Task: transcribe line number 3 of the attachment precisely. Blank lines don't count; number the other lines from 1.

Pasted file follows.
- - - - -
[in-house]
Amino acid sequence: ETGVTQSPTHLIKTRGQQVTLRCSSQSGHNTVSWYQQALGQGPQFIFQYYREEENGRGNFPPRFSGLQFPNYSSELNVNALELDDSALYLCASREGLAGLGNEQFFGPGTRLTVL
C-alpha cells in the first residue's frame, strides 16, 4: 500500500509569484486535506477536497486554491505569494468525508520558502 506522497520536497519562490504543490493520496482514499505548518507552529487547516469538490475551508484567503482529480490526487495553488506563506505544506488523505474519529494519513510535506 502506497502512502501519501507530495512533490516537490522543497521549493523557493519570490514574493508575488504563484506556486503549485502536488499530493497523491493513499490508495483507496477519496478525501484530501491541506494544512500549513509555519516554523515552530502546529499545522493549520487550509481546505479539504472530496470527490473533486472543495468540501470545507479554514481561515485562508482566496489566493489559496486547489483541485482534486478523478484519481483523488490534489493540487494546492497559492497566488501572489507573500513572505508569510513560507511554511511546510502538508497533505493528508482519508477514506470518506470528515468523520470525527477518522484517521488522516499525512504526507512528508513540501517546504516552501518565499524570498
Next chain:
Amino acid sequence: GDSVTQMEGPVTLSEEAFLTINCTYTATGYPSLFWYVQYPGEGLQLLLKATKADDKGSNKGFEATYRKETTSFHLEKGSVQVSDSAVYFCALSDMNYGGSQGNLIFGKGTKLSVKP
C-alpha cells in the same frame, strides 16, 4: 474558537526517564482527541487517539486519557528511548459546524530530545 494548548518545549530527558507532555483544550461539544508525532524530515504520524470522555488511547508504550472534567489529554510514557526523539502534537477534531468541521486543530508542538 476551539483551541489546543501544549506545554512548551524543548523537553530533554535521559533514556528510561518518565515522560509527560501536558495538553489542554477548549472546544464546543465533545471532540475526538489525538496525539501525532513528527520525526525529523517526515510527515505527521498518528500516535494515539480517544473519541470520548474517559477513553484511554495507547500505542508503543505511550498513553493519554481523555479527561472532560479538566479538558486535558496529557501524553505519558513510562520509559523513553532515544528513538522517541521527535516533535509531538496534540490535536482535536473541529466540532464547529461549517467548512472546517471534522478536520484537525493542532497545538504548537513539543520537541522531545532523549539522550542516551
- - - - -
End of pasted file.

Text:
C-alpha cells in the first residue's frame, strides 16, 4: 500500500509569484486535506477536497486554491505569494468525508520558502 506522497520536497519562490504543490493520496482514499505548518507552529487547516469538490475551508484567503482529480490526487495553488506563506505544506488523505474519529494519513510535506 502506497502512502501519501507530495512533490516537490522543497521549493523557493519570490514574493508575488504563484506556486503549485502536488499530493497523491493513499490508495483507496477519496478525501484530501491541506494544512500549513509555519516554523515552530502546529499545522493549520487550509481546505479539504472530496470527490473533486472543495468540501470545507479554514481561515485562508482566496489566493489559496486547489483541485482534486478523478484519481483523488490534489493540487494546492497559492497566488501572489507573500513572505508569510513560507511554511511546510502538508497533505493528508482519508477514506470518506470528515468523520470525527477518522484517521488522516499525512504526507512528508513540501517546504516552501518565499524570498